There is not the slightest evidence that milk makes bones strong and prevents fractures, and the very opposite has just been demonstrated by a new Harvard study (which follows all the scientific evidence that we already had on this question).
More milk during adolescence is more likely to fracture the hip in men. In women, the consumption of milk does not change anything. 
In addition, according to a 2012 study published in the American Journal of Epidemiology, men who, in adolescence, drank the most dairy products have a significantly increased risk of developing prostate cancer. 
According to the milk specialist Thierry Souccar, “it is necessary that the health authorities (in France: ANSES, INPES, PNNS) make amends by acknowledging that they were wrong to encourage the entire population to consume 3 to 4 dairy products by day “for the purpose of preventing fractures”; they must refrain from promoting the overconsumption of these foods, and advocate moderation. 
2. The perfect breakfast
“Ideally, the day begins with a balanced meal, consisting of a dairy, a fruit and a drink …”, writes Flora Genoux on page 15 of the newspaper Le Parisien, Tuesday, December 3, 2013.
These tips are derived directly from official recommendations to eat, at breakfast, a sandwich of butter and jam, an orange juice and a bowl of milk.
A variant of this myth is found on cereal boxes, which tell children that their ideal breakfast will consist of, for example, a “bowl of Kellogg’s Corn Flakes with milk (for calcium) and a orange juice (for vitamins) “.
False, false, false all along the line.
These breakfasts are sugar bombs: orange juice is rich in fructose, the “bad sugar” that raises blood sugar and turns into bad fat; the milk is full of “lactose” which is another form of sugar. Jam bread, or cereals, are also full of carbohydrates: on contact with saliva, the starch of the bread turns into glucose and will cause the blood sugar to skyrocket within minutes of being absorbed.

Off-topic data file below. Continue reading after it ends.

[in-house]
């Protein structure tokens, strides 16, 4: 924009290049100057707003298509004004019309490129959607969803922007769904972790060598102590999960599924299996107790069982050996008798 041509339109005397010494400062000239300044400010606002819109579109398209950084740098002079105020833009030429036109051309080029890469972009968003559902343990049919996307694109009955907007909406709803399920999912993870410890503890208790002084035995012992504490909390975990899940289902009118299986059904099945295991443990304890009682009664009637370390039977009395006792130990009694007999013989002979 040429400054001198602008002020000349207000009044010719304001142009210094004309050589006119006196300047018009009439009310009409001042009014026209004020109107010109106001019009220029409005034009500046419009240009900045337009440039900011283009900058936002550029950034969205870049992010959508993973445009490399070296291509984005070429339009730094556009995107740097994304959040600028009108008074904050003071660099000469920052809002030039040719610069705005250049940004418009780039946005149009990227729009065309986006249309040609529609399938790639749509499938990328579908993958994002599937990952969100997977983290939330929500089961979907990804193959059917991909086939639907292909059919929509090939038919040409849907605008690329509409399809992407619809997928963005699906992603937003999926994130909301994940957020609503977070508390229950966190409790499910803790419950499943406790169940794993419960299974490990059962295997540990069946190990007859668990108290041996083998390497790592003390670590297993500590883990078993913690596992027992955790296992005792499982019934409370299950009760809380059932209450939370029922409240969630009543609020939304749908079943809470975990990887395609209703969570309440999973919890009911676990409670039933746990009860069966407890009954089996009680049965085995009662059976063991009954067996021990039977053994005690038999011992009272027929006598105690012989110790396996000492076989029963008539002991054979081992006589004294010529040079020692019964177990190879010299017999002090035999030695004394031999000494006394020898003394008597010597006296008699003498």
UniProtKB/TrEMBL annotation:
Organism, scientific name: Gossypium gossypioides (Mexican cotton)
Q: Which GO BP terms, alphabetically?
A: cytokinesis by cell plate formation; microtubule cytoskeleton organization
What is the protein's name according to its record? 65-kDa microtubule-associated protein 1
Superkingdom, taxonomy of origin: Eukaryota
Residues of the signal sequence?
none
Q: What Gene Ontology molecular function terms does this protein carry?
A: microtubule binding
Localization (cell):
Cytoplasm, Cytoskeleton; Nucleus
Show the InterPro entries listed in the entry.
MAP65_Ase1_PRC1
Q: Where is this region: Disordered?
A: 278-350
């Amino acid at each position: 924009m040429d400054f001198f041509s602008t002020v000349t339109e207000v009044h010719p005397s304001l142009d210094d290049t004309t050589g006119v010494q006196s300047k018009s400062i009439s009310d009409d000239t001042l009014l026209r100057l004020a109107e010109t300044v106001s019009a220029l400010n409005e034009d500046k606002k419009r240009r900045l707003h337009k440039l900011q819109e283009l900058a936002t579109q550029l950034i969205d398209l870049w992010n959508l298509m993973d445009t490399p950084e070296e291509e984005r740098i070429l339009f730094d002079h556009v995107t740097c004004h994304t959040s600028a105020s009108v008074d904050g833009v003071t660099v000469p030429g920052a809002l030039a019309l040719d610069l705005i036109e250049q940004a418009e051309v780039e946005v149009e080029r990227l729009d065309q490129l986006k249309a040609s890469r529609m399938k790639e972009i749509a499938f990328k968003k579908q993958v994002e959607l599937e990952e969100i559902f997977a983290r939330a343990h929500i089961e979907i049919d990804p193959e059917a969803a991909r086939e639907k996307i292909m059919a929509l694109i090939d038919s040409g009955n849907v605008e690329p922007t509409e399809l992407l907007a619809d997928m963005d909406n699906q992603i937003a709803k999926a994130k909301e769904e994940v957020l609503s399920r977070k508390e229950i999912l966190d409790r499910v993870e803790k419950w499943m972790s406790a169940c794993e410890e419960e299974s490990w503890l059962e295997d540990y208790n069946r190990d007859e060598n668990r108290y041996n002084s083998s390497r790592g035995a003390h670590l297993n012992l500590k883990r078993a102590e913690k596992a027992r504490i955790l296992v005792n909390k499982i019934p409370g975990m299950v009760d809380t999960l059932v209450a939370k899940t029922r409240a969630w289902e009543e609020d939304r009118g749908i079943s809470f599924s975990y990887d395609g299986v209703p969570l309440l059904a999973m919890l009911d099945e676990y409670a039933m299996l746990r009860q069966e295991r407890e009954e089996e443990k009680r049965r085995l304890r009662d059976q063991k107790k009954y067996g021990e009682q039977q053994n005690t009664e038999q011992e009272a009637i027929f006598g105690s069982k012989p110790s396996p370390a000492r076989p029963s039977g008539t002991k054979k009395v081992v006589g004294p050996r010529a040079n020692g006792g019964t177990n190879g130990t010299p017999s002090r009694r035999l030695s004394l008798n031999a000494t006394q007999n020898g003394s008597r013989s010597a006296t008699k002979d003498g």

As much sugar causes the pancreas to produce a mass of insulin, which can lead to a crisis of hypoglycemia around 11 am, with a drop in energy, weight gain in the form of bad fats, all accompanied by ‘a strong craving.
At the University of Kansas for dietetics and nutritional science, researchers published a study in February 2010 showing that a breakfast should be rich in protein. Fewer carbohydrates and more protein increase energy, decrease the feeling of hunger during the day, without increasing the number of calories absorbed during the day. In fact, the additional calories consumed during a rich breakfast are offset by an equal drop in calories to other meals, without you even noticing. So you do not have to make any effort.
In addition, replacing carbohydrates with good fats further reduces the rise in blood sugar (blood sugar) and increases the feeling of fullness, reducing cravings and therefore snacking during the day.
A good breakfast should therefore contain a substantial intake of protein and good fats. It is highly recommended to incorporate foods such as eggs, omelette, avocado, slice of salmon, ham, olives, sheep’s cheese, walnuts, almonds and other nuts, or raw vegetables with vinaigrette.
This will give you a real feeling of fullness, energy, and a moderate appetite at noon that will ultimately benefit your health and your line.
3. Low-fat foods are good for you
Do you know what is the taste of a food from which all the fat has been removed?
Well, it’s exactly that of cardboard. Nobody would swallow it.
Agri-food manufacturers know this and they add other things to make up for the lack of fat.
In general, these are sugars: sugar, glucose-fructose syrup, or artificial sweeteners like aspartame.
These foods greatly increase cravings. Fats, on the other hand, give a lasting sensation of satiety, because they stay longer in the stomach to be digested by the digestive juices.
It is therefore more difficult to lose weight when you eat products low in fat.
4. Eggs are bad for your health
One of the greatest strengths of modern dieticians is to have demonized one of the best foods for men: eggs.
Egg yolk, according to them, is more dangerous than Dracula because it is horribly high in cholesterol, and therefore factor of heart disease.